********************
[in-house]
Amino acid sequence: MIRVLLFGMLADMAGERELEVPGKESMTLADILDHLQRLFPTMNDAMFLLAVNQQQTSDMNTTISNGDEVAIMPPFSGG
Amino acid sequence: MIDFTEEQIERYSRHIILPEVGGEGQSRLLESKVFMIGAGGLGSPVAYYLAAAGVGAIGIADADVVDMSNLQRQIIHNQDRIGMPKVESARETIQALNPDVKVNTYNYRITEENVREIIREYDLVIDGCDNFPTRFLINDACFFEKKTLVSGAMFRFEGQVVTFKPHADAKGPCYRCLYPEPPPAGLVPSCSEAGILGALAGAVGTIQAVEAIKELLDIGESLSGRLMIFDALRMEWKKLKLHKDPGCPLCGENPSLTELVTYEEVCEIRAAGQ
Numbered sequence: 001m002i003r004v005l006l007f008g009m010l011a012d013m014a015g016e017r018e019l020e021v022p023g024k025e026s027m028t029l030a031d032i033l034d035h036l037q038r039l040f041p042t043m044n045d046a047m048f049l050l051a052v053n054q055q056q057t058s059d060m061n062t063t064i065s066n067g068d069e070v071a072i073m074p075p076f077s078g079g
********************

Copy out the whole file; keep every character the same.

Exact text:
[in-house]
Amino acid sequence: MIRVLLFGMLADMAGERELEVPGKESMTLADILDHLQRLFPTMNDAMFLLAVNQQQTSDMNTTISNGDEVAIMPPFSGG
Amino acid sequence: MIDFTEEQIERYSRHIILPEVGGEGQSRLLESKVFMIGAGGLGSPVAYYLAAAGVGAIGIADADVVDMSNLQRQIIHNQDRIGMPKVESARETIQALNPDVKVNTYNYRITEENVREIIREYDLVIDGCDNFPTRFLINDACFFEKKTLVSGAMFRFEGQVVTFKPHADAKGPCYRCLYPEPPPAGLVPSCSEAGILGALAGAVGTIQAVEAIKELLDIGESLSGRLMIFDALRMEWKKLKLHKDPGCPLCGENPSLTELVTYEEVCEIRAAGQ
Numbered sequence: 001m002i003r004v005l006l007f008g009m010l011a012d013m014a015g016e017r018e019l020e021v022p023g024k025e026s027m028t029l030a031d032i033l034d035h036l037q038r039l040f041p042t043m044n045d046a047m048f049l050l051a052v053n054q055q056q057t058s059d060m061n062t063t064i065s066n067g068d069e070v071a072i073m074p075p076f077s078g079g